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Red Kryptonite has 3 years experience and specializes in hospice.

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Well, I guess I don't really know, but from where I was standing I had a full view of everything and It surely did look like she was going to tear.

And the research is clear she would have been better off with a natural tear. I've had a 3rd degree natural tear and would take that any day over having the muscles of my perineum cut with a scalpel.

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http://jama.jamanetwork.com/data/Journals/JAMA/4974/JCR50003.pdf

ACOG Recommends Restricted Use of Episiotomies - ACOG

There are really a couple of different issues being discussed here, right?

- Evidence-based indications for episiotomies.

- Obtaining consent to cut a woman's genitals.

If a woman 'doesn't mind' that she got an episiotomy, and she feels that she ultimately benefitted from it, does that absolve the provider of the the obligation to get consent to do it?

I would answer a resounding no. Because had she had true informed consent, her decision might be different. Informed consent is not retroactive.

And I think evidence-based practices on episiotomies are pretty clear by now, which makes this worse.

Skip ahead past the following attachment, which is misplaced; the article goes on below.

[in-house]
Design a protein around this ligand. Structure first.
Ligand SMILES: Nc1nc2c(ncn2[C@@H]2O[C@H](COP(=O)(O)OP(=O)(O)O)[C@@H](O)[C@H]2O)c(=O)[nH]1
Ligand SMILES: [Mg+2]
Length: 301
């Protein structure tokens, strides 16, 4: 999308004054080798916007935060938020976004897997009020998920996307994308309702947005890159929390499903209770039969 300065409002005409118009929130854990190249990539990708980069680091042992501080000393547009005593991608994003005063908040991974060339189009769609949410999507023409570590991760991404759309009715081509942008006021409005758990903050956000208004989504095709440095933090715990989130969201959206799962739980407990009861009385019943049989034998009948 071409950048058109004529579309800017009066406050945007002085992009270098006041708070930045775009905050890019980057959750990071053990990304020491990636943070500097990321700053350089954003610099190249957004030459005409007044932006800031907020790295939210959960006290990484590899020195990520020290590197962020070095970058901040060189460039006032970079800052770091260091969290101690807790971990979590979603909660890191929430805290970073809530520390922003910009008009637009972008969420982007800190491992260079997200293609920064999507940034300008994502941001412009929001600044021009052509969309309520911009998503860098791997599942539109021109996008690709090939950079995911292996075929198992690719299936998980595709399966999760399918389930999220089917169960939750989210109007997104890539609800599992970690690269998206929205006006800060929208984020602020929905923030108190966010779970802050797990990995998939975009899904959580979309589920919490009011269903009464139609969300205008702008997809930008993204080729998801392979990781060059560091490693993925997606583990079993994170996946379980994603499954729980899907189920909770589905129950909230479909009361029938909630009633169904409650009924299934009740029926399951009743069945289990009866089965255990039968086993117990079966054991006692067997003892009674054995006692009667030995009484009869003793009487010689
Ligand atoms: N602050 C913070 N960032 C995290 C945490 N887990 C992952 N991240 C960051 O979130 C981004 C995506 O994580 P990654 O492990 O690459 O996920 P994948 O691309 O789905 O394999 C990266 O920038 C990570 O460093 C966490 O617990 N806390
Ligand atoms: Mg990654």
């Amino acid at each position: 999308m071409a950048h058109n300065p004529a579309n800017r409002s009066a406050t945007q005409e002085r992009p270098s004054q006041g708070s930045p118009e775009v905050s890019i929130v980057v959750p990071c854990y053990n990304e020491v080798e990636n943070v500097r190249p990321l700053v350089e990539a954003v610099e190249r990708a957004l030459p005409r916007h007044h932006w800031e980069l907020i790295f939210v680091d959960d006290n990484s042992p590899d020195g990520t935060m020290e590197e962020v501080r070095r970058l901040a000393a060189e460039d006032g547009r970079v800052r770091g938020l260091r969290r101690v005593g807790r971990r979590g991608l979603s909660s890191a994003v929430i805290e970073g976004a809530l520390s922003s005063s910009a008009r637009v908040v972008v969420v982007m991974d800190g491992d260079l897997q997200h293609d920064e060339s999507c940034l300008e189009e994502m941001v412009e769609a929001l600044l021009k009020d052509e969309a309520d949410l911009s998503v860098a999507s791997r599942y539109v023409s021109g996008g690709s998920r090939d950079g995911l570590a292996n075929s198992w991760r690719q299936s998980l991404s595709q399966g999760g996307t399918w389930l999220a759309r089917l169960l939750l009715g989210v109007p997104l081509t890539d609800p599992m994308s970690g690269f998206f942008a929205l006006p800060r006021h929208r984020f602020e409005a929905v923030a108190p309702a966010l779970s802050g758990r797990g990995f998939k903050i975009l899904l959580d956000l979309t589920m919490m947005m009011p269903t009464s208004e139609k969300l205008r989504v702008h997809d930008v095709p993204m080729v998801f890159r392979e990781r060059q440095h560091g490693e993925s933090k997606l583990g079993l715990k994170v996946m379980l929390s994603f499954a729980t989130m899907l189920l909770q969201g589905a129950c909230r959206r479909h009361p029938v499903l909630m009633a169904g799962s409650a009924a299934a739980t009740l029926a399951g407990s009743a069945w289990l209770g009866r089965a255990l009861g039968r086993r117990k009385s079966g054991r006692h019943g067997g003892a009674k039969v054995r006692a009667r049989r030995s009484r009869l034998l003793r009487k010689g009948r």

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77 Posts; 3,597 Profile Views

I've followed this case since the video first got shared online, since I am a member of a birth advocacy group and an unofficial birth junkie. Having said that, like Red Kryptonite, I can never work in OB because "I'd do murder in my heart," every shift.

So, it bears repeating: I am not an OB nurse. I am an ICU nurse, and still in my first year of practice. So my perspective is drawn from my own 4 birth experiences (4 births, 5 children) that span the spectrum from high intervention to no intervention and just about everything in between. I also attended the births of two family members, and I volunteered over 500 hours in an L&D unit prior to nursing school... plus of course: nursing school clinicals. So I have been present for dozens of live births, but never as a licensed nurse. I also live and practice in the same state as the woman in the video, though I have never been inside Providence Tarzana, the hospital identified in the lawsuit.